Emotions ran high at a public rally in Hawke's Bay yesterday as people from all walks of life came together to talk about the region's housing issues.
The rally organised by newly-formed Community Housing Action Team (CHAT) called on the Government to urgently tackle the lack of housing in Hawke's Bay.
CHAT spokeswoman Michelle Pyke opened the event by saying the region's housing issues didn't just involve rough sleepers but families, the elderly and other groups on the "housing continuum".
The 150-strong crowd heard from 13-year-old Jack Thomson who spoke on behalf of himself and his mother about their year-long search to find a pet-friendly rental in Hawke's Bay.
"Rent is so expensive, landlords and rental agencies are pricing the average family out of a rental home . . . I've lost count of how many houses Mum has applied for so far. It would be more than 100."
"I don't understand why this is happening. The stresses it puts my mum and I under, plus the other families in the same situation, is awful. It's disgusting that our so-called government and local council have allowed it to get to this stage."
With just seven weeks until the election housing and homelessness have been key issues at the forefront of the election agenda as many properties formally occupied by state houses, dozens in Maraenui alone, sit empty.
Yesterday Napier beggar Major Keelan spoke about what it was like living on the street; a blanket and backpack of possessions strapped to his back as he stood on the stage.
"I've been on the streets so long, I"ve been on there so long I'm so tired, I'm worn out. We need houses, we need help. We need our people to help, to look at us. We're stuck at the bottom of everything."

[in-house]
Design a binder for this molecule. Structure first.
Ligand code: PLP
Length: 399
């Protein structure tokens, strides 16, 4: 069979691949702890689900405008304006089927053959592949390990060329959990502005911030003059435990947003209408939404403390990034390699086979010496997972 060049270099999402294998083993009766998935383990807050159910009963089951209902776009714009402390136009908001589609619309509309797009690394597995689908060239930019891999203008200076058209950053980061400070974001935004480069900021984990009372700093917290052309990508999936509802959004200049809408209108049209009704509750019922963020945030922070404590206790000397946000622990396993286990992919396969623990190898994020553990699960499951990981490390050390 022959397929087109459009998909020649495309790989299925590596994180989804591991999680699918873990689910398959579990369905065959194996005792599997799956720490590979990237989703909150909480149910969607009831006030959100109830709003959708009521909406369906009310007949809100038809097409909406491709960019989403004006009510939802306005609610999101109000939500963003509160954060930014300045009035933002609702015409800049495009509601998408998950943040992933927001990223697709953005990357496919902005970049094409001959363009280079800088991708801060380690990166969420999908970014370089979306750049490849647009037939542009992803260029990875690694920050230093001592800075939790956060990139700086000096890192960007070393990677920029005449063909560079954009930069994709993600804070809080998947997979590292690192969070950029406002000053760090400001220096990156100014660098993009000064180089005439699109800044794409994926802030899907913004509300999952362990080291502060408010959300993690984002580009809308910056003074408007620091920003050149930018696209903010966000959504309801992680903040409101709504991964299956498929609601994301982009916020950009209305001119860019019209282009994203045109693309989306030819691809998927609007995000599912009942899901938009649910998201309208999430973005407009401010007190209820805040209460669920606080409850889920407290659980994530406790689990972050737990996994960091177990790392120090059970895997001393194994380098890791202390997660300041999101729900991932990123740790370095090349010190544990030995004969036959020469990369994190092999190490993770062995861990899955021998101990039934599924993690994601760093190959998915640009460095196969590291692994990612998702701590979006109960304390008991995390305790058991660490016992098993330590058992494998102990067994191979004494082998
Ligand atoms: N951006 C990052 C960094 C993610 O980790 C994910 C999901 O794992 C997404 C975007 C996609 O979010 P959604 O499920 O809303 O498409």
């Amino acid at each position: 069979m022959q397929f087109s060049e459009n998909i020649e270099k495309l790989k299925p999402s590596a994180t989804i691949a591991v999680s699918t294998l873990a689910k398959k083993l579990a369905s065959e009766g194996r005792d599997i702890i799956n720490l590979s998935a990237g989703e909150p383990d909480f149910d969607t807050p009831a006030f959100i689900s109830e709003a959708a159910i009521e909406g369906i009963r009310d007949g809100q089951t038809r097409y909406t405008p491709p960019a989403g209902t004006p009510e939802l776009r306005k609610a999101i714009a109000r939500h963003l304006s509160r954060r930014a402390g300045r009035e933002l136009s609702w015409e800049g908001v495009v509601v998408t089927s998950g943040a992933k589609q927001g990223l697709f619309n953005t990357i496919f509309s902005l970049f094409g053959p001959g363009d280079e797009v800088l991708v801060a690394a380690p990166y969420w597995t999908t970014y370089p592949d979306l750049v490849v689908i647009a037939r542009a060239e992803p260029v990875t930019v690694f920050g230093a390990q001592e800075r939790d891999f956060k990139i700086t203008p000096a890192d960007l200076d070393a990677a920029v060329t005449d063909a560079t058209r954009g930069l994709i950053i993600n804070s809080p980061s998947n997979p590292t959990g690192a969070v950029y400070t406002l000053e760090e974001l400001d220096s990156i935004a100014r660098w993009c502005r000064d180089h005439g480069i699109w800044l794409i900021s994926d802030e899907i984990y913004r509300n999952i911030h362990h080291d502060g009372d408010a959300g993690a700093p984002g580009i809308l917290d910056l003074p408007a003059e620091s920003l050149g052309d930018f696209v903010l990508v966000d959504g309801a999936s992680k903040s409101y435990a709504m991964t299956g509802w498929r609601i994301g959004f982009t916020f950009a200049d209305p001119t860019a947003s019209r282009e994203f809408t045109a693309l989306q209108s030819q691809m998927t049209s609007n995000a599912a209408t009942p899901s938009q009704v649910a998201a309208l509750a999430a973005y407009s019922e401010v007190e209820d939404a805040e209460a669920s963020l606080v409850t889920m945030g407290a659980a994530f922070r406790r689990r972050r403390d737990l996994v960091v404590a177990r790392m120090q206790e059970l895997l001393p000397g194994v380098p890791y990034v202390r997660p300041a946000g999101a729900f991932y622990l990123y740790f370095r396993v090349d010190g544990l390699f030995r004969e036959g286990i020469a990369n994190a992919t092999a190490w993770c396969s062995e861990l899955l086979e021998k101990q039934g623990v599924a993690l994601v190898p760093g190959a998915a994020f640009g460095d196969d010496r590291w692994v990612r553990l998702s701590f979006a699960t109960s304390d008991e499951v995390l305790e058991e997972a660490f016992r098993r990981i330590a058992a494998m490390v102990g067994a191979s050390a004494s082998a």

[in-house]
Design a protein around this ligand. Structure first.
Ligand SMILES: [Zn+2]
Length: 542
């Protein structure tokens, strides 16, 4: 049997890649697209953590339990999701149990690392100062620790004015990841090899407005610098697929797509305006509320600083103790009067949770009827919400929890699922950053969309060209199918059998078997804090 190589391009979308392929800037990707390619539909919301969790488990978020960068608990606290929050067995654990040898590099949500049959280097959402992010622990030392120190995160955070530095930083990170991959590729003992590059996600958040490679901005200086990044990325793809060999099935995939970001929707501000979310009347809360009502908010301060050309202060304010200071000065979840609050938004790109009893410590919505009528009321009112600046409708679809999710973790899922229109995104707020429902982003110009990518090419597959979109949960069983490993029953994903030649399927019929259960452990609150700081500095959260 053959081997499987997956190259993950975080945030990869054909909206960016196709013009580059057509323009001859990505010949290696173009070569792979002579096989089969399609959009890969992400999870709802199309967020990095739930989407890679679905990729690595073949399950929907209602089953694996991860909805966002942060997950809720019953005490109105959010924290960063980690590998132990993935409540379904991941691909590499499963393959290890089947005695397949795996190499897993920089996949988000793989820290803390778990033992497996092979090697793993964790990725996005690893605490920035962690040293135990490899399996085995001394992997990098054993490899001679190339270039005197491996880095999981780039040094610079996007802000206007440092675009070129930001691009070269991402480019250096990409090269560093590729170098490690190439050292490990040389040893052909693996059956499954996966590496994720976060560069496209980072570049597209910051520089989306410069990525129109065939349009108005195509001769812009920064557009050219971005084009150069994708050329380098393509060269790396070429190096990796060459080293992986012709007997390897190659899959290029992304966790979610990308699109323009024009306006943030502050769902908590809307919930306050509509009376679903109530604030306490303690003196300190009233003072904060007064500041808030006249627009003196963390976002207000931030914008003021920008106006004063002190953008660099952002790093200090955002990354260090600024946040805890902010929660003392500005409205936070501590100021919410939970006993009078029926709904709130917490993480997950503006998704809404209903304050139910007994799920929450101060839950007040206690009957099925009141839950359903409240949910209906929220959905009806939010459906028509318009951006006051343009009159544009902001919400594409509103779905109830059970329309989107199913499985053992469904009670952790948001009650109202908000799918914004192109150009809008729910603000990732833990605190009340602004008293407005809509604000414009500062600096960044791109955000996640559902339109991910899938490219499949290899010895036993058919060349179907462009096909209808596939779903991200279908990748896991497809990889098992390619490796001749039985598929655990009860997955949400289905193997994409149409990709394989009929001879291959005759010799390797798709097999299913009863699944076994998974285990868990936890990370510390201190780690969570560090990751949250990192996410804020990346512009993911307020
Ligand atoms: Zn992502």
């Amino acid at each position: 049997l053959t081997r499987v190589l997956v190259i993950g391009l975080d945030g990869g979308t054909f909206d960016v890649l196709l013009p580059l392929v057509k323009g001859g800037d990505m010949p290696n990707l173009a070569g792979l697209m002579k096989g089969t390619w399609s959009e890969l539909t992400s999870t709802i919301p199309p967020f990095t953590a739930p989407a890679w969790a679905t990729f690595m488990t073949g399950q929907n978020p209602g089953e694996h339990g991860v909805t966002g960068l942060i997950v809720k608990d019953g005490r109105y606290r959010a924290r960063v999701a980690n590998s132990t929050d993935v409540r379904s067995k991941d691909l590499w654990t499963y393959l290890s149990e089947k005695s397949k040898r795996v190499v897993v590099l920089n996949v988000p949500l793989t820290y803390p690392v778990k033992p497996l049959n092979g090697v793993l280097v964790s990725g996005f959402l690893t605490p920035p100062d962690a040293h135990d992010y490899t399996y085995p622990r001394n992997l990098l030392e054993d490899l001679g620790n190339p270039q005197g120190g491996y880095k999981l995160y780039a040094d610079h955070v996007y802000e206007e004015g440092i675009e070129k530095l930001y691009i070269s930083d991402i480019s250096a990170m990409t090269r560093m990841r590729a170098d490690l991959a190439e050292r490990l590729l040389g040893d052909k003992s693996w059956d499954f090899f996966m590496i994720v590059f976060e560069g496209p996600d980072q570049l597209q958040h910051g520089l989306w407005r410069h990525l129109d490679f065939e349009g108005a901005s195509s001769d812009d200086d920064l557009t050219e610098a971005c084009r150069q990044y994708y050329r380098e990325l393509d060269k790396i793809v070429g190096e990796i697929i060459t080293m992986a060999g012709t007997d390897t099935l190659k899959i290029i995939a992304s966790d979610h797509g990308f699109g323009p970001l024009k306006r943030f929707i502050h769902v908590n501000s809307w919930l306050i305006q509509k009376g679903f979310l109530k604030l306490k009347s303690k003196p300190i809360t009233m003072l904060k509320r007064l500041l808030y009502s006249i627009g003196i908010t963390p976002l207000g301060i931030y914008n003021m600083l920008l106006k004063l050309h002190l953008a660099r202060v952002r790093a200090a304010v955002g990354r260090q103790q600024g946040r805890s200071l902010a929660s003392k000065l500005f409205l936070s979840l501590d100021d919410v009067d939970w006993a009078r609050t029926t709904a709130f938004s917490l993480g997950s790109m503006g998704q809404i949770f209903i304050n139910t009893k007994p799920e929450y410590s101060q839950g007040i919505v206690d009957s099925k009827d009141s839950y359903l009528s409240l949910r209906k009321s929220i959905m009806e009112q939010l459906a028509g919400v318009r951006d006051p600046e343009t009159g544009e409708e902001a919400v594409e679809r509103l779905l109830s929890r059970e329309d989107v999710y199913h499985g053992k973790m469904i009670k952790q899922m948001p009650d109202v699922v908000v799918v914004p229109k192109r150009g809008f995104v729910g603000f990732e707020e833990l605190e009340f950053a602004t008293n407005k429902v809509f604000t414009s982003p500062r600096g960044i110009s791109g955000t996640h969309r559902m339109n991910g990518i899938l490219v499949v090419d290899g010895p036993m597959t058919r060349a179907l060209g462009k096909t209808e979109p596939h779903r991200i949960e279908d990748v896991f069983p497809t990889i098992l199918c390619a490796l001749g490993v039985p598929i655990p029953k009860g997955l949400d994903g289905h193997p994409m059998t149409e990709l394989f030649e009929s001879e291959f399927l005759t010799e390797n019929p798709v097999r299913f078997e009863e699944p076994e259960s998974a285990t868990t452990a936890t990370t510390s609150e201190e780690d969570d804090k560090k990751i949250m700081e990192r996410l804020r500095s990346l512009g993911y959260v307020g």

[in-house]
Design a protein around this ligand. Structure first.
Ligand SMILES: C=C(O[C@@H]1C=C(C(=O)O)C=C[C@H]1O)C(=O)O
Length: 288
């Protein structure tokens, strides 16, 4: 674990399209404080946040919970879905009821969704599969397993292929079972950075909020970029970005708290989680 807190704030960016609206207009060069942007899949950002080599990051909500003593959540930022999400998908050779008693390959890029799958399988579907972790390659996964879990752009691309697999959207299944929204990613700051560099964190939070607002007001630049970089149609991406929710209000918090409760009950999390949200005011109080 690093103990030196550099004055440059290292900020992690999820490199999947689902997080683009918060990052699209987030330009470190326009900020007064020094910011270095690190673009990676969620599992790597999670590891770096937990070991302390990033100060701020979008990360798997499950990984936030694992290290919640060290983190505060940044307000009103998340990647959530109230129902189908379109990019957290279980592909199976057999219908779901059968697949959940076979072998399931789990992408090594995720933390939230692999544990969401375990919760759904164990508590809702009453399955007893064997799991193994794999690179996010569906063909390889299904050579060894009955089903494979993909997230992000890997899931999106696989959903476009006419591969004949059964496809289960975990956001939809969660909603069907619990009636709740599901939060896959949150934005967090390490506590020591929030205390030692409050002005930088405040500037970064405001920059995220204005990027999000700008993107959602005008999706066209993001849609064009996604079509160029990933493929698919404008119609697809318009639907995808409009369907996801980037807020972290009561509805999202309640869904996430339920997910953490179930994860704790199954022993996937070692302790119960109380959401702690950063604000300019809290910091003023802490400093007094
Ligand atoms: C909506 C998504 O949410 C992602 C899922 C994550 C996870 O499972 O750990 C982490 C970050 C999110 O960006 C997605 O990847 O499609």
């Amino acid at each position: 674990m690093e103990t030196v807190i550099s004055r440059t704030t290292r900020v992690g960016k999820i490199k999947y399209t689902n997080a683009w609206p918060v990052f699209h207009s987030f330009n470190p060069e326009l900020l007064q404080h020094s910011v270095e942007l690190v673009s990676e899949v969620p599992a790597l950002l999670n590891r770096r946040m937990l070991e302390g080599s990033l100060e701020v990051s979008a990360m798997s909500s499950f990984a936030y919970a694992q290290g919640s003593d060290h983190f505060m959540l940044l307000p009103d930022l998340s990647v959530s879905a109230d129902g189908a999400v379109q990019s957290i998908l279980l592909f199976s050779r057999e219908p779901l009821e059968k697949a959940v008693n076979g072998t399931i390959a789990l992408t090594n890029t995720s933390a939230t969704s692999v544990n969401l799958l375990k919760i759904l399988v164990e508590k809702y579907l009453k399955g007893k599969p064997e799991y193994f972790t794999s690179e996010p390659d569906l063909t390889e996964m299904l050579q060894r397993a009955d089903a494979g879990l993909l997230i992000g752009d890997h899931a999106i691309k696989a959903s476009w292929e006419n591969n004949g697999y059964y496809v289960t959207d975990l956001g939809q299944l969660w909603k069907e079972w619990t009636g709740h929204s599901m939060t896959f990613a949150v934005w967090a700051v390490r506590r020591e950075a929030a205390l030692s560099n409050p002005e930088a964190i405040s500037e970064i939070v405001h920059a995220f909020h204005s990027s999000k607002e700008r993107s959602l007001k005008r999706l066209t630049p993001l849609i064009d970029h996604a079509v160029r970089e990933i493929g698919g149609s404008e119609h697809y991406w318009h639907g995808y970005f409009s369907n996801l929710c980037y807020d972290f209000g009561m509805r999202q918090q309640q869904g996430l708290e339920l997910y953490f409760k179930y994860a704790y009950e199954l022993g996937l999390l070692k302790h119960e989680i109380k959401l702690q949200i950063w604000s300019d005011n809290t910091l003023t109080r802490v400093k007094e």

Mr Keelan said it broke his heart to see his homeless community on the streets, getting sworn at and abused.
He added that all he asked of the Government was to provide Napier's rough sleepers with a place to stay, a place to call home.
"It's not a very good look. I'm not proud of what we do but we've got to do it to survive. We're only asking for a little bit of help whanau, we just need somewhere to lay our heads down."
After hearing from those directly affected by housing issues those in attendance then heard from local councillors and representatives from National, Labour, the Green Party, New Zealand First and the Maori Party.
National Party candidate for Tukituki Lawrence Yule said homelessness had changed rapidly over the past few years and that the challenge was now to build more houses.
"I'm happy to say on behalf of the National government that help is on the way. The Minister Amy Adams has announced 6500 new state houses for New Zealand to be built over the next five years, of which some will come to Hawke's Bay,"
Mr Yule said he hoped that number for Hawke's Bay would be between 100 and 200.
Hastings councillor Henare O'Keefe challenged the Bay's political influencers to put aside their differences and come together.
Ikaroa-Rawhiti Labour Party MP Meka Whaitiri said she would be the first to sign up.
"Whoever you are, you're first and foremost from Hawke's Bay.
"Yes, you belong to a political party but why can't you do the right thing for the people of Hawke's Bay . . . Absolutely I heard the call today; why don't you guys work together?
"And I'm up for that, totally up for that."
Ms Pyke advocated for the Government to adopt a cross party report by the Greens, Labour and the Maori Party which puts forward recommendations to end homelessness in New Zealand.
"It shouldn't be a political football. People's lives are being ruined and people are dying."